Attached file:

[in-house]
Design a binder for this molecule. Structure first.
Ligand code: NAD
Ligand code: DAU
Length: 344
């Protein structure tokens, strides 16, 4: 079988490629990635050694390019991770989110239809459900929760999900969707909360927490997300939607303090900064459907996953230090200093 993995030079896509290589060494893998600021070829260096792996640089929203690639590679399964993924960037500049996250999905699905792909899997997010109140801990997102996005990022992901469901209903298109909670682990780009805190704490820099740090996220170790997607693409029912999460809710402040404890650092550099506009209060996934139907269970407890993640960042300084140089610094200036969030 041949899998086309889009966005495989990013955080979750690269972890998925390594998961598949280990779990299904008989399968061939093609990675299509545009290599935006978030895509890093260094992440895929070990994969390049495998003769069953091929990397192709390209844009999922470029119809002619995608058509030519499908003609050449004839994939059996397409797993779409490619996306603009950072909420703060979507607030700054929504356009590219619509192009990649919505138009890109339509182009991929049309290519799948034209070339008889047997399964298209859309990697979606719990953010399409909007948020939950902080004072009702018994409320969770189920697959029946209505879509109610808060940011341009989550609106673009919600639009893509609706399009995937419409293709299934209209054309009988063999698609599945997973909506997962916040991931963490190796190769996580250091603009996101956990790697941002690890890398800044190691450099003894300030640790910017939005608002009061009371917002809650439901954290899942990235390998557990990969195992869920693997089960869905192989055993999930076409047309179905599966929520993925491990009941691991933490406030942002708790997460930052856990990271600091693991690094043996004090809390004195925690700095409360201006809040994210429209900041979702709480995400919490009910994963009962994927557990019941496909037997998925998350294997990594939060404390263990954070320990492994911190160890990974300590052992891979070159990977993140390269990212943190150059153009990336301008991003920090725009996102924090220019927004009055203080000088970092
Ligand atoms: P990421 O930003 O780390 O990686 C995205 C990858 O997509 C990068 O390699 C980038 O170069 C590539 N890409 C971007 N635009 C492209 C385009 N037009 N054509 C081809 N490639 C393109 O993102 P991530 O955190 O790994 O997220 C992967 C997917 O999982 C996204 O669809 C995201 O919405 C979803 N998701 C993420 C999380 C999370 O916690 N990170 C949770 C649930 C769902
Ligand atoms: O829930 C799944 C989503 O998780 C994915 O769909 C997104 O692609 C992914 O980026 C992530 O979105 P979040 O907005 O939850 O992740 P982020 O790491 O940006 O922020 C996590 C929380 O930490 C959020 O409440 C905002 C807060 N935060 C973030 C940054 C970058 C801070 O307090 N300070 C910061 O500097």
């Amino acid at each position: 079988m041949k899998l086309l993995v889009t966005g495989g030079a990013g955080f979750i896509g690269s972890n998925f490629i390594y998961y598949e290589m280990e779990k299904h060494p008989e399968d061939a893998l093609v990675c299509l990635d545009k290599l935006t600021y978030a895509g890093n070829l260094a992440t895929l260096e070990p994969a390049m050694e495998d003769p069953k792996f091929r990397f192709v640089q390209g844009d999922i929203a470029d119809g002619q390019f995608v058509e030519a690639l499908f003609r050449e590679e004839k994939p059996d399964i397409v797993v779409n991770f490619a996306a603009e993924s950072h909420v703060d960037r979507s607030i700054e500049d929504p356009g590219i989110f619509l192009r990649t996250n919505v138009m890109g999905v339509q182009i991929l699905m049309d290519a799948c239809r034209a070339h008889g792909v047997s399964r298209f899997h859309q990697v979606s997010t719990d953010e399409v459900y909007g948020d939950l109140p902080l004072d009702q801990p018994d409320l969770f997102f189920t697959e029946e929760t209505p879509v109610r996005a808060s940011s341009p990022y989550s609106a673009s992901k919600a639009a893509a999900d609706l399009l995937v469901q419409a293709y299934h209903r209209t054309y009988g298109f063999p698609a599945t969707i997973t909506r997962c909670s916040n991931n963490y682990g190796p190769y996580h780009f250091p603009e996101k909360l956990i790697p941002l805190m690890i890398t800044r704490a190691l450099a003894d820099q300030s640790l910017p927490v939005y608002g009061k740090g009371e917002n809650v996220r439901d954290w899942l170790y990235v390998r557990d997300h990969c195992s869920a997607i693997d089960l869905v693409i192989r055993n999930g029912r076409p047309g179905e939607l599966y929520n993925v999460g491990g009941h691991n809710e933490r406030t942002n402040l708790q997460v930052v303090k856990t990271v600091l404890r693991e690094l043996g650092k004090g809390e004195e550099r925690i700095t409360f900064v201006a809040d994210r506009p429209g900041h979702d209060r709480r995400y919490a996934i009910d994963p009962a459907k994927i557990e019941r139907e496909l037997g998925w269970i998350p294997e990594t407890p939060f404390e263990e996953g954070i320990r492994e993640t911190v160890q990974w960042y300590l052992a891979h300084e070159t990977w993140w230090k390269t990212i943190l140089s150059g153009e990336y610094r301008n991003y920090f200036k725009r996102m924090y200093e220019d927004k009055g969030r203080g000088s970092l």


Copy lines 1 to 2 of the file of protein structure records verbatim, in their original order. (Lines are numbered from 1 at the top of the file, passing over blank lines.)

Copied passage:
[in-house]
Design a binder for this molecule. Structure first.